Abstract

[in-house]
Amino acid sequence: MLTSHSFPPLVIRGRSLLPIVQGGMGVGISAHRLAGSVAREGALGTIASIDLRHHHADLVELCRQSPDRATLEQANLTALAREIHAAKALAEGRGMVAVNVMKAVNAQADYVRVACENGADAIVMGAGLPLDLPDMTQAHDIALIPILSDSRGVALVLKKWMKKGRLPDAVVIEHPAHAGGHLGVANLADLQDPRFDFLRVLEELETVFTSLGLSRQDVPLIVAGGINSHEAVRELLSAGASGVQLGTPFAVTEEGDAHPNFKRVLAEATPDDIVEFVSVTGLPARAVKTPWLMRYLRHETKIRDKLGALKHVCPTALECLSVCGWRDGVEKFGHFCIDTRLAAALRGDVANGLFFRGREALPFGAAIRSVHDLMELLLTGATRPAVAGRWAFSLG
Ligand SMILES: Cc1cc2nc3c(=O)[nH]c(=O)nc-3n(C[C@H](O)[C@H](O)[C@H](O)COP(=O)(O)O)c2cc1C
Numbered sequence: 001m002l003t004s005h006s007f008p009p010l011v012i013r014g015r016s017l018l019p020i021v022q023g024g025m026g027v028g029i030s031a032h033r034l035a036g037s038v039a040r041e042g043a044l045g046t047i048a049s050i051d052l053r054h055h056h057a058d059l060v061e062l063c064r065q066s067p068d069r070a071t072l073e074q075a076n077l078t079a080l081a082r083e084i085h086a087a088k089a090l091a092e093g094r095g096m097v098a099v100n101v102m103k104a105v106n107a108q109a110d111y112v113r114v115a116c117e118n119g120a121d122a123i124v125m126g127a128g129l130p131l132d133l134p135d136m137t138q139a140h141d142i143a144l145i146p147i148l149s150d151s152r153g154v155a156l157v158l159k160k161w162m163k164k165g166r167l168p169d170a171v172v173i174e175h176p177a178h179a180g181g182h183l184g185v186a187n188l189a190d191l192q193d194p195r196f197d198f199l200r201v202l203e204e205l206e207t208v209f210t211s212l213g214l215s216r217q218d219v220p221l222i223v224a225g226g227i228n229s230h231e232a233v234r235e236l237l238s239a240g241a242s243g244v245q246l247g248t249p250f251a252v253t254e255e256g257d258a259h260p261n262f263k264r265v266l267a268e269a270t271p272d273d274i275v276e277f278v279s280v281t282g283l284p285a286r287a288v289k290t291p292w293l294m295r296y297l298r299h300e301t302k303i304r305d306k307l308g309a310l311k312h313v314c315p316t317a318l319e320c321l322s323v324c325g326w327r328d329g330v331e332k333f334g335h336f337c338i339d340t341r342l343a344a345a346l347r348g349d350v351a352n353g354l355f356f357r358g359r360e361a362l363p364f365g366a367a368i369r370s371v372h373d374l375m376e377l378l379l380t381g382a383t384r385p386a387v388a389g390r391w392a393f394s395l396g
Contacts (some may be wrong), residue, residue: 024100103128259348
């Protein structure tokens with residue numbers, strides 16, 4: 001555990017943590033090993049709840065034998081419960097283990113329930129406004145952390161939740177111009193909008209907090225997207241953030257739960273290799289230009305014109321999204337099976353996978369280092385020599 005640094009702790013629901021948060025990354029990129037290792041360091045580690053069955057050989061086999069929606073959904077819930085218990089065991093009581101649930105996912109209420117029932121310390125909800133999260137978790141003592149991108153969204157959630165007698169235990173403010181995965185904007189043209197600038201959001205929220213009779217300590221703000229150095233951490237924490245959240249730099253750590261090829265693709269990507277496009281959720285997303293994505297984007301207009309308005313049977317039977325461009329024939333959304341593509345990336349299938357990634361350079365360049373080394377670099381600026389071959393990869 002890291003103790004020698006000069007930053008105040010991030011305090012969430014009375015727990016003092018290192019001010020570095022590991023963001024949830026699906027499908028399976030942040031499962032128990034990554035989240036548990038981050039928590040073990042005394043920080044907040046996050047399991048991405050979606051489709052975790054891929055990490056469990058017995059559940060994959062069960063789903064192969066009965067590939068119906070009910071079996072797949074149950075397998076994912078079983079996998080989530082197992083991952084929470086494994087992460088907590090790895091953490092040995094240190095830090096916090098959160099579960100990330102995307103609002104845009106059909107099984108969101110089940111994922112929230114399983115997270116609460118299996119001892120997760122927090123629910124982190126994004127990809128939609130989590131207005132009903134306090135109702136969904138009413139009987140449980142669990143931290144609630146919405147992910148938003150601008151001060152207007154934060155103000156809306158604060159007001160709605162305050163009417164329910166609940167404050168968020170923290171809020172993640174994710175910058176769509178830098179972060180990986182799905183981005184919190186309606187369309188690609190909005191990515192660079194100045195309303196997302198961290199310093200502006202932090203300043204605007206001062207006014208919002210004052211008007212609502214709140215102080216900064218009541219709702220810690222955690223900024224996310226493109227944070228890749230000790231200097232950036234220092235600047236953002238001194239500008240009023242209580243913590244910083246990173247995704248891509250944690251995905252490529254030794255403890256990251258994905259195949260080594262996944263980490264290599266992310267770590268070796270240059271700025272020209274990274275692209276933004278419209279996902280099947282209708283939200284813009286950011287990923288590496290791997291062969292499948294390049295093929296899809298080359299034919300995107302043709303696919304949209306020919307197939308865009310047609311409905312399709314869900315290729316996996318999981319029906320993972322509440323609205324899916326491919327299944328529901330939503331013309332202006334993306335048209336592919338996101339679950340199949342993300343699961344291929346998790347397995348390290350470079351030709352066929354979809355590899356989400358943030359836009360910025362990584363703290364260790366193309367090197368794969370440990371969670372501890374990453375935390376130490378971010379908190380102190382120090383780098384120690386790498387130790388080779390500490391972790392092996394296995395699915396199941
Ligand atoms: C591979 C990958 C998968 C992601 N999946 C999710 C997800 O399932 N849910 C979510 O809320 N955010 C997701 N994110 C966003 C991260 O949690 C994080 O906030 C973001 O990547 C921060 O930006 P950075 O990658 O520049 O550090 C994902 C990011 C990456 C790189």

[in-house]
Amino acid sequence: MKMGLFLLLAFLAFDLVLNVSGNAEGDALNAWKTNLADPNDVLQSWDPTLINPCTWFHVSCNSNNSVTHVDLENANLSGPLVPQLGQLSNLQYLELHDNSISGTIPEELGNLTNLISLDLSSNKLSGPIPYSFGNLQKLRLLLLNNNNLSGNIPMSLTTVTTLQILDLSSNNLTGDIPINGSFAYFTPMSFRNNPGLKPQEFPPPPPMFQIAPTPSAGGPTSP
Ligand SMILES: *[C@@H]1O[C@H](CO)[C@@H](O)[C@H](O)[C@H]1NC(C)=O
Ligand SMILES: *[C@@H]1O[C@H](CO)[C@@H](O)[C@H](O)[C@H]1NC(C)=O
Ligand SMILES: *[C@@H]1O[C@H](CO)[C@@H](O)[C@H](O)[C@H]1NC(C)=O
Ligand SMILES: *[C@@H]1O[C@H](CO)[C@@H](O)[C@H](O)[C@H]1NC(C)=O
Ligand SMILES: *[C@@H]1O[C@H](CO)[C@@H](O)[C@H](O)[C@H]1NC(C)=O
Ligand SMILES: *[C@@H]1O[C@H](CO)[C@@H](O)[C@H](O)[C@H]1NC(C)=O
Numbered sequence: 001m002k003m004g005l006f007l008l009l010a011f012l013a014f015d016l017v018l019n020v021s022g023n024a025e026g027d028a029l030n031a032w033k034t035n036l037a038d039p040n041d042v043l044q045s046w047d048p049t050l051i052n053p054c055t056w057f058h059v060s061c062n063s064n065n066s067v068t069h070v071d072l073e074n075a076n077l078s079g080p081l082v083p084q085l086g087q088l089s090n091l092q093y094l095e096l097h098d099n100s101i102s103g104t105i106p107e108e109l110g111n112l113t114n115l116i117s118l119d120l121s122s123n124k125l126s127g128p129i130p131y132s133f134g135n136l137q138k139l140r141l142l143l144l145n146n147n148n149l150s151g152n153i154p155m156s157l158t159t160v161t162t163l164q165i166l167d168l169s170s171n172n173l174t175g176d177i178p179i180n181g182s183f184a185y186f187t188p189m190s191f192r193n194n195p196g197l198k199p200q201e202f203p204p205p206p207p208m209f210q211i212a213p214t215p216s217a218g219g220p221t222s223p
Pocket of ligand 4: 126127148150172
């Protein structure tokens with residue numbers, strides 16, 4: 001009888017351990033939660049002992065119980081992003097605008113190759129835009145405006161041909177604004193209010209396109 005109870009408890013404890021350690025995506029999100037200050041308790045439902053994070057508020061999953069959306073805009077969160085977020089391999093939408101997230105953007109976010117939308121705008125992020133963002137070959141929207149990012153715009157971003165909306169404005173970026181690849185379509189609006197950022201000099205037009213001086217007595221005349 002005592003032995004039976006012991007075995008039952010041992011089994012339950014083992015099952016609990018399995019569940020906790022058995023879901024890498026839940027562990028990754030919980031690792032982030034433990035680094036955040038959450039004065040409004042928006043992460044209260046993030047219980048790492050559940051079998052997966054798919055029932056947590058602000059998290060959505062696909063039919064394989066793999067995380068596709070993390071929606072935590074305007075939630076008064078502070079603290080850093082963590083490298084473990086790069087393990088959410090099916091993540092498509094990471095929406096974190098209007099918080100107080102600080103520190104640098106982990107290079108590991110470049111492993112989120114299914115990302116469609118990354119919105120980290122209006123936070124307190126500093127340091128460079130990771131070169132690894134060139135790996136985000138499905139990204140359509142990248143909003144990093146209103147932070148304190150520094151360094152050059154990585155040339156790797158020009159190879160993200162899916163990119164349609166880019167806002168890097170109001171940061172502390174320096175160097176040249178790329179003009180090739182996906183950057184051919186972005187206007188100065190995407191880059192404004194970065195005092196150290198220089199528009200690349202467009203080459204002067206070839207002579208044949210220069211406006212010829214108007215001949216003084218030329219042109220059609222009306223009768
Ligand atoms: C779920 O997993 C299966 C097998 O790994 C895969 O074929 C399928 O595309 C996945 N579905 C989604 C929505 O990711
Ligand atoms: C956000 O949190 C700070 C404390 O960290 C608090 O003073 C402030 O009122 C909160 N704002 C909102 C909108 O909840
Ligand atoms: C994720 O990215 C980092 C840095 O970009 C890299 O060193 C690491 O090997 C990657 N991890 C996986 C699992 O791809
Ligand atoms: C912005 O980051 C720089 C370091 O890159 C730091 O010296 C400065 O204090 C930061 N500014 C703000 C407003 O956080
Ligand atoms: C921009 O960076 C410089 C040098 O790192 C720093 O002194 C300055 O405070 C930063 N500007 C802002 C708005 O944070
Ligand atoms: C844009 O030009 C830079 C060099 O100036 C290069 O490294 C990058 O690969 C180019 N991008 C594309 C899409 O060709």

One of the six major meteoric lakes in the world, Lake Bosomtwe, is of great ecological significance for Ghanaians and the scientific community, most importantly for agricultural and human consumption. Water samples (n = 30) were collected to analyze the hydrogeochemical characteristics and water quality of the lake. Statistical methods including correlation, principal component, cluster analysis, Gibbs ratio, and the Piper–Trilinear diagram were used to analyze parameters. The Water Quality Index revealed that the lake water is not suitable for human consumption because measured pH, temperature, total dissolved solids, color, and bicarbonate exceeded their respective thresholds on all occasions. The calculated sodium absorption ratio (13.7–14.8) and soluble sodium percentage (94.43–95.43%) showed that the lake is not appropriate for irrigation as they exceeded their respective limit of 2 and 60%. The Gibbs ratio revealed that rock–water interaction is the underlying mechanism for water evolution. The Piper–Trilinear diagram revealed that alkalies earth and weak acids dominate the water chemistry of the lake. The dominant cation is sodium (82.22%), while the dominant anion is bicarbonate (79.39%). Five monitoring stations were identified, and the water quality was influenced by diverse anthropogenic and natural sources. The findings will provide a reference for policymakers and decision-makers at Lake Bosomtwe.

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